Going for a walk on your own can promote that feeling of independence which will be so important to you during your progression through university.

If you are walking alone then always make sure a friend or family member knows where you are going, how long for and always have your phone available for contact. Try to avoid walking when it is dark, particularly when not in public areas.

6. A sense of calmness

Ever heard the expression in a movie ‘take a walk’ when someone has just experienced an angry outburst?

Well, they might be onto something. Next time you feel frustrated, angry or annoyed take 30 minutes out of your day to go for a walk.

I would be almost certain that you’ll be in a much clearer headspace to make a better decision than you would have done 30 minutes prior.

7. Builds muscle strength

There’s no doubt that walking improves strength as well as build muscle in your calves, hamstrings, gluteus and quadriceps. Strong legs = strong mind.

With the gym unfortunately closed, you can at least maintain the strength & muscle you have built and be prepared when you go back into training properly.

8. Boosts creativity

Got a mental block from studying too much? Trying to think of a creative spark to get started on your dissertation?

Then, put on your big coat and woolly hat and get round the block for a wander.

Headphones are optional but if it’s specifically creativity you are searching for, then you need to give your mind some room to breathe and think.

9. Helps to fight anxiety and depression

It’s a very serious topic and considering how challenging 2020 has been, it’s fair to say many people have suffered.

But staying indoors will likely increase the feelings further, whereas taking a walk will hopefully give you some more clarity and take your mind away from negative thoughts.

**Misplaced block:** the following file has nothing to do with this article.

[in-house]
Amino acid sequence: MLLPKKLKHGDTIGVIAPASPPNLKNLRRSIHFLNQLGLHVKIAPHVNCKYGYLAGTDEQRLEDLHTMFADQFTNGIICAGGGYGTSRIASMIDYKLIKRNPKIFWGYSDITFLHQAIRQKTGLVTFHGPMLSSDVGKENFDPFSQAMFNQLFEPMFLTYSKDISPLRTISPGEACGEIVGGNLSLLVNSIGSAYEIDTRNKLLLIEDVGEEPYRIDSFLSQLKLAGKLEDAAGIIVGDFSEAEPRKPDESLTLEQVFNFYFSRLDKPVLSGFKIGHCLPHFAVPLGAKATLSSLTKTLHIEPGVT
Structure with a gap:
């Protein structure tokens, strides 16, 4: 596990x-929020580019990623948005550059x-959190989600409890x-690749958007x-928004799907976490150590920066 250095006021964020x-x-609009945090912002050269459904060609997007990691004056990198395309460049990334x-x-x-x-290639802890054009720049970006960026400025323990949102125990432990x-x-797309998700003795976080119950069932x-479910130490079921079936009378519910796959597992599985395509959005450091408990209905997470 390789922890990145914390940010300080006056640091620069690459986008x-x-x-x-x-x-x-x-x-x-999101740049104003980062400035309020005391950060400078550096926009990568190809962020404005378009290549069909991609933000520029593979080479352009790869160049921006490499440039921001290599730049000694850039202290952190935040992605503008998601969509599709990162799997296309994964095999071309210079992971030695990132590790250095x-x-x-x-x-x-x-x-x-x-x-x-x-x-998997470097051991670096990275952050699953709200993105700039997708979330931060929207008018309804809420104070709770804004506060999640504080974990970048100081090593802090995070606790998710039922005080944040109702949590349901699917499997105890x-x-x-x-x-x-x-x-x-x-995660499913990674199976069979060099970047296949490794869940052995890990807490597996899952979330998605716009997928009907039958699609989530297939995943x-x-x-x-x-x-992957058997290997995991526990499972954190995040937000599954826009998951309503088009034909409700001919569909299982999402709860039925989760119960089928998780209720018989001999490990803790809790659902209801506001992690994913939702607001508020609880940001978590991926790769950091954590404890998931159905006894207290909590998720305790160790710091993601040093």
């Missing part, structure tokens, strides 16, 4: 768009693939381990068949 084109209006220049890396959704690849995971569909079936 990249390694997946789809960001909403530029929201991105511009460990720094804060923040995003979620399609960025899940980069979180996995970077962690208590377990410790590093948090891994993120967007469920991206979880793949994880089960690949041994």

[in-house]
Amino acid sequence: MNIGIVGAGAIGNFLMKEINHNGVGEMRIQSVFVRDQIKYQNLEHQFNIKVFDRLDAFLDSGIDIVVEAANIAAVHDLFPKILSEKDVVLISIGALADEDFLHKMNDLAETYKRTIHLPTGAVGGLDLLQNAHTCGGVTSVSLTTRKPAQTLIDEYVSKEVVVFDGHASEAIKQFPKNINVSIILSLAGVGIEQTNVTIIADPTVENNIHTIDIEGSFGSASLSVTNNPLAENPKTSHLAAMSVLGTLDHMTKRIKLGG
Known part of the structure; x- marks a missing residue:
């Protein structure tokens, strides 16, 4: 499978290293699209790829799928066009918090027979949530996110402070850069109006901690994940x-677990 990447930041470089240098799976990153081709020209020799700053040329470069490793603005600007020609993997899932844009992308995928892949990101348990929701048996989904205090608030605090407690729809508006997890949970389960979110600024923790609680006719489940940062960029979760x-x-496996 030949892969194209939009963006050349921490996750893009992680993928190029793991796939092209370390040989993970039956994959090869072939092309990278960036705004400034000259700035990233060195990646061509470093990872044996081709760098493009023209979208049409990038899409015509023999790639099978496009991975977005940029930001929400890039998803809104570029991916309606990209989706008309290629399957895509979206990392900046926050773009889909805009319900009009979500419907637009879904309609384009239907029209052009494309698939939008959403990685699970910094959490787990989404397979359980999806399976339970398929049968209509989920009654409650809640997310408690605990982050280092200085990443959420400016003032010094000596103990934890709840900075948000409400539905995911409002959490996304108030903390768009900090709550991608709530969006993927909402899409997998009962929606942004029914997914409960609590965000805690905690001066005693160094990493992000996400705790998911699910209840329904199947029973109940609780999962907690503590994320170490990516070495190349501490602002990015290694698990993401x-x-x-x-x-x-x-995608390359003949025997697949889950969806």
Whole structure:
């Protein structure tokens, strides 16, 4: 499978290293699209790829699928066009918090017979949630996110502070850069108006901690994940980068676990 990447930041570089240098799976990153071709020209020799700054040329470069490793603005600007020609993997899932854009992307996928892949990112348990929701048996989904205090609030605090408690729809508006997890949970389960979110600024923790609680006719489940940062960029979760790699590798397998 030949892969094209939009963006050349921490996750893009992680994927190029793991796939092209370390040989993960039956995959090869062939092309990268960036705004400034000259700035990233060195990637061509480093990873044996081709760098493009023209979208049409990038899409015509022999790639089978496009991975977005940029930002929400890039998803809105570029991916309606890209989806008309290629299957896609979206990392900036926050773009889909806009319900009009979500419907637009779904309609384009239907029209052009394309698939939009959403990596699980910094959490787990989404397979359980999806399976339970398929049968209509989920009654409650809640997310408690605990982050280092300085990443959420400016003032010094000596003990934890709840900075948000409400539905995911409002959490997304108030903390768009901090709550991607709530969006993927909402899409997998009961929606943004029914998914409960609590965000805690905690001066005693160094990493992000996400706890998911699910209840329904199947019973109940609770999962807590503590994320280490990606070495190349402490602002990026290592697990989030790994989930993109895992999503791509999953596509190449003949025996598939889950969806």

Sometimes you may want to walk with a friend, sometimes you may prefer to just walk on your own. Each version has different benefits, but they are all benefits nonetheless.

If you are needing to self isolate or not able to get out and walk then just making sure you get enough natural light in through the window, opening a window (Yes it’s cold but you’ve got a duvet) or just sitting outside for a while, will assist you with the benefits that have been discussed within this article.

Keep taking things one day at a time, be kind to yourself and others and hopefully we will be able to reopen again at the beginning of December and see you there.

Published by Thomas Jackson Smith

Personal Trainer. Qualified Strength and Conditioning Coach, Exercise Referral specialist, Football coach and entrepreneur. Interested in health and fitness, exercise prescription, football, nutrition, injury prevention, recovery and mindset improvement. Any views are my own and from my own experience. Looking to build links within the blog community, replying to feedback and offering support so we can learn and grow together!